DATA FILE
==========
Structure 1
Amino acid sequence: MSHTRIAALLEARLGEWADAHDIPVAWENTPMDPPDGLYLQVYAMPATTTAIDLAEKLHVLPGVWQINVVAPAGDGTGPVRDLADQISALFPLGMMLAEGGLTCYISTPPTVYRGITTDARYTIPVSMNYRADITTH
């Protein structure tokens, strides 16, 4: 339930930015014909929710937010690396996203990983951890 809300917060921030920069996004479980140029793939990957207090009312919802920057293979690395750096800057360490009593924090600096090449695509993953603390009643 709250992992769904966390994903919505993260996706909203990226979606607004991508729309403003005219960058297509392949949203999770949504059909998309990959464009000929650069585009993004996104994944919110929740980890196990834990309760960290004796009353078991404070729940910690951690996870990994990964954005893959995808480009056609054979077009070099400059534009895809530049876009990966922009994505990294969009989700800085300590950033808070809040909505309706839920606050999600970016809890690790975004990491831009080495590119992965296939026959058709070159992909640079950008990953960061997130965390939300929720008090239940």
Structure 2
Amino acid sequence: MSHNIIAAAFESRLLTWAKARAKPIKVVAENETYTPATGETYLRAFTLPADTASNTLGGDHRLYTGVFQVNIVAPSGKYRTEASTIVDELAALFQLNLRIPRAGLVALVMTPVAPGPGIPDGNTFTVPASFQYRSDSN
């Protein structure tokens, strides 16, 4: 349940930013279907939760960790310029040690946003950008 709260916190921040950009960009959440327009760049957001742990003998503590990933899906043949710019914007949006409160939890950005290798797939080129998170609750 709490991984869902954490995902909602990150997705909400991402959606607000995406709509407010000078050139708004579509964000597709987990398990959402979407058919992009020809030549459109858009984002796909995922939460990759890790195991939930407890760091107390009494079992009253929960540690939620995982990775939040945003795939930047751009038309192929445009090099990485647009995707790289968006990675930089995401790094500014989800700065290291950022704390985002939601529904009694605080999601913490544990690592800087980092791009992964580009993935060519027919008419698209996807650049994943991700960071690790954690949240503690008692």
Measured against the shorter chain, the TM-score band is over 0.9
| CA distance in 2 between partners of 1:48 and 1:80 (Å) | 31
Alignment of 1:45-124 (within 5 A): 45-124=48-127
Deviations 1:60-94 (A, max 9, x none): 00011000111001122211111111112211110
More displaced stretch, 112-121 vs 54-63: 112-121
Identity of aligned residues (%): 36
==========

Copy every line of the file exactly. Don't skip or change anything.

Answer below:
Structure 1
Amino acid sequence: MSHTRIAALLEARLGEWADAHDIPVAWENTPMDPPDGLYLQVYAMPATTTAIDLAEKLHVLPGVWQINVVAPAGDGTGPVRDLADQISALFPLGMMLAEGGLTCYISTPPTVYRGITTDARYTIPVSMNYRADITTH
């Protein structure tokens, strides 16, 4: 339930930015014909929710937010690396996203990983951890 809300917060921030920069996004479980140029793939990957207090009312919802920057293979690395750096800057360490009593924090600096090449695509993953603390009643 709250992992769904966390994903919505993260996706909203990226979606607004991508729309403003005219960058297509392949949203999770949504059909998309990959464009000929650069585009993004996104994944919110929740980890196990834990309760960290004796009353078991404070729940910690951690996870990994990964954005893959995808480009056609054979077009070099400059534009895809530049876009990966922009994505990294969009989700800085300590950033808070809040909505309706839920606050999600970016809890690790975004990491831009080495590119992965296939026959058709070159992909640079950008990953960061997130965390939300929720008090239940």
Structure 2
Amino acid sequence: MSHNIIAAAFESRLLTWAKARAKPIKVVAENETYTPATGETYLRAFTLPADTASNTLGGDHRLYTGVFQVNIVAPSGKYRTEASTIVDELAALFQLNLRIPRAGLVALVMTPVAPGPGIPDGNTFTVPASFQYRSDSN
């Protein structure tokens, strides 16, 4: 349940930013279907939760960790310029040690946003950008 709260916190921040950009960009959440327009760049957001742990003998503590990933899906043949710019914007949006409160939890950005290798797939080129998170609750 709490991984869902954490995902909602990150997705909400991402959606607000995406709509407010000078050139708004579509964000597709987990398990959402979407058919992009020809030549459109858009984002796909995922939460990759890790195991939930407890760091107390009494079992009253929960540690939620995982990775939040945003795939930047751009038309192929445009090099990485647009995707790289968006990675930089995401790094500014989800700065290291950022704390985002939601529904009694605080999601913490544990690592800087980092791009992964580009993935060519027919008419698209996807650049994943991700960071690790954690949240503690008692």
Measured against the shorter chain, the TM-score band is over 0.9
| CA distance in 2 between partners of 1:48 and 1:80 (Å) | 31
Alignment of 1:45-124 (within 5 A): 45-124=48-127
Deviations 1:60-94 (A, max 9, x none): 00011000111001122211111111112211110
More displaced stretch, 112-121 vs 54-63: 112-121
Identity of aligned residues (%): 36